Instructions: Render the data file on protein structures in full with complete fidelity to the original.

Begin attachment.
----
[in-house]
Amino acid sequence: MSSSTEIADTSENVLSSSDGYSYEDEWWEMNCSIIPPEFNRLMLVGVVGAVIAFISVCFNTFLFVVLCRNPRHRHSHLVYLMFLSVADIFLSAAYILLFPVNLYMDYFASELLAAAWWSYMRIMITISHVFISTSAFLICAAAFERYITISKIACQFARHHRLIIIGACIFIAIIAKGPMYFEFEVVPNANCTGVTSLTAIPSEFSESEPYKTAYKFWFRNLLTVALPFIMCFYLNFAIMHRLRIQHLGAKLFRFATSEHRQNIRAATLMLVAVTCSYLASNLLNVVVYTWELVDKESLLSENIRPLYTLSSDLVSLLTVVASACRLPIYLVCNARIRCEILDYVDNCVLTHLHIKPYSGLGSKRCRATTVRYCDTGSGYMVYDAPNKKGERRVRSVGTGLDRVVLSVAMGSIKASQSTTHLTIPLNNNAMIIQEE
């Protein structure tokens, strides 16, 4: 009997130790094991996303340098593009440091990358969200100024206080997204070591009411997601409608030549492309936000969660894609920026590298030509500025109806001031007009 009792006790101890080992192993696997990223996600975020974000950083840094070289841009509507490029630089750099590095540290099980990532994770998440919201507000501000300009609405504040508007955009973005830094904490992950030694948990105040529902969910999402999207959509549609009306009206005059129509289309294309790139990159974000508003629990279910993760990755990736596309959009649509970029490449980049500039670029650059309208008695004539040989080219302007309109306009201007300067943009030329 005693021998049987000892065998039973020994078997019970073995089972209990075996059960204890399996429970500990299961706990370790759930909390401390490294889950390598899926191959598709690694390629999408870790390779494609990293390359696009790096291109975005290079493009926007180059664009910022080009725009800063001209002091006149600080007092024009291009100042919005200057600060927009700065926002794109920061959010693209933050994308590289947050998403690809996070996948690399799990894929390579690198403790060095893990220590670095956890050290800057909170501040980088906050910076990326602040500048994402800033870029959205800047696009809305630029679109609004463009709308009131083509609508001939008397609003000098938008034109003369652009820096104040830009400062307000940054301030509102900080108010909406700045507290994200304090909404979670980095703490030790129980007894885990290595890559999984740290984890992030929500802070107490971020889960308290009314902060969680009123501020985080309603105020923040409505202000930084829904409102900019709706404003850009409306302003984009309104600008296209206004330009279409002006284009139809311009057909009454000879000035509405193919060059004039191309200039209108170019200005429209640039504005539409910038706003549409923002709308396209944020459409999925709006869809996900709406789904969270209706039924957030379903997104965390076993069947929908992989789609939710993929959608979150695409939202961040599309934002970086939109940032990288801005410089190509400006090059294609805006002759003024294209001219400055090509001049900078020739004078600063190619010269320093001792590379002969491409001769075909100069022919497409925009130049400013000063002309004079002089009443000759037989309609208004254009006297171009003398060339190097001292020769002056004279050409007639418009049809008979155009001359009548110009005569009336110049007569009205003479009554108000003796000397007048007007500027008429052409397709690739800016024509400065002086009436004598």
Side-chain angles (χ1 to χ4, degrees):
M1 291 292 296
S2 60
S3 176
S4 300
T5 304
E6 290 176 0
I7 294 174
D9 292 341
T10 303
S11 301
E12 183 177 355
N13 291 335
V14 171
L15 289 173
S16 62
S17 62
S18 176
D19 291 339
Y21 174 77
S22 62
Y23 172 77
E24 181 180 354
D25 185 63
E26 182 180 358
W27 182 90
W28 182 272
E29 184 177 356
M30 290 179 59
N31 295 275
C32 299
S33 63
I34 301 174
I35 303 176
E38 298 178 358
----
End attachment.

[in-house]
Amino acid sequence: MSSSTEIADTSENVLSSSDGYSYEDEWWEMNCSIIPPEFNRLMLVGVVGAVIAFISVCFNTFLFVVLCRNPRHRHSHLVYLMFLSVADIFLSAAYILLFPVNLYMDYFASELLAAAWWSYMRIMITISHVFISTSAFLICAAAFERYITISKIACQFARHHRLIIIGACIFIAIIAKGPMYFEFEVVPNANCTGVTSLTAIPSEFSESEPYKTAYKFWFRNLLTVALPFIMCFYLNFAIMHRLRIQHLGAKLFRFATSEHRQNIRAATLMLVAVTCSYLASNLLNVVVYTWELVDKESLLSENIRPLYTLSSDLVSLLTVVASACRLPIYLVCNARIRCEILDYVDNCVLTHLHIKPYSGLGSKRCRATTVRYCDTGSGYMVYDAPNKKGERRVRSVGTGLDRVVLSVAMGSIKASQSTTHLTIPLNNNAMIIQEE
């Protein structure tokens, strides 16, 4: 009997130790094991996303340098593009440091990358969200100024206080997204070591009411997601409608030549492309936000969660894609920026590298030509500025109806001031007009 009792006790101890080992192993696997990223996600975020974000950083840094070289841009509507490029630089750099590095540290099980990532994770998440919201507000501000300009609405504040508007955009973005830094904490992950030694948990105040529902969910999402999207959509549609009306009206005059129509289309294309790139990159974000508003629990279910993760990755990736596309959009649509970029490449980049500039670029650059309208008695004539040989080219302007309109306009201007300067943009030329 005693021998049987000892065998039973020994078997019970073995089972209990075996059960204890399996429970500990299961706990370790759930909390401390490294889950390598899926191959598709690694390629999408870790390779494609990293390359696009790096291109975005290079493009926007180059664009910022080009725009800063001209002091006149600080007092024009291009100042919005200057600060927009700065926002794109920061959010693209933050994308590289947050998403690809996070996948690399799990894929390579690198403790060095893990220590670095956890050290800057909170501040980088906050910076990326602040500048994402800033870029959205800047696009809305630029679109609004463009709308009131083509609508001939008397609003000098938008034109003369652009820096104040830009400062307000940054301030509102900080108010909406700045507290994200304090909404979670980095703490030790129980007894885990290595890559999984740290984890992030929500802070107490971020889960308290009314902060969680009123501020985080309603105020923040409505202000930084829904409102900019709706404003850009409306302003984009309104600008296209206004330009279409002006284009139809311009057909009454000879000035509405193919060059004039191309200039209108170019200005429209640039504005539409910038706003549409923002709308396209944020459409999925709006869809996900709406789904969270209706039924957030379903997104965390076993069947929908992989789609939710993929959608979150695409939202961040599309934002970086939109940032990288801005410089190509400006090059294609805006002759003024294209001219400055090509001049900078020739004078600063190619010269320093001792590379002969491409001769075909100069022919497409925009130049400013000063002309004079002089009443000759037989309609208004254009006297171009003398060339190097001292020769002056004279050409007639418009049809008979155009001359009548110009005569009336110049007569009205003479009554108000003796000397007048007007500027008429052409397709690739800016024509400065002086009436004598």
Side-chain angles (χ1 to χ4, degrees):
M1 291 292 296
S2 60
S3 176
S4 300
T5 304
E6 290 176 0
I7 294 174
D9 292 341
T10 303
S11 301
E12 183 177 355
N13 291 335
V14 171
L15 289 173
S16 62
S17 62
S18 176
D19 291 339
Y21 174 77
S22 62
Y23 172 77
E24 181 180 354
D25 185 63
E26 182 180 358
W27 182 90
W28 182 272
E29 184 177 356
M30 290 179 59
N31 295 275
C32 299
S33 63
I34 301 174
I35 303 176
E38 298 178 358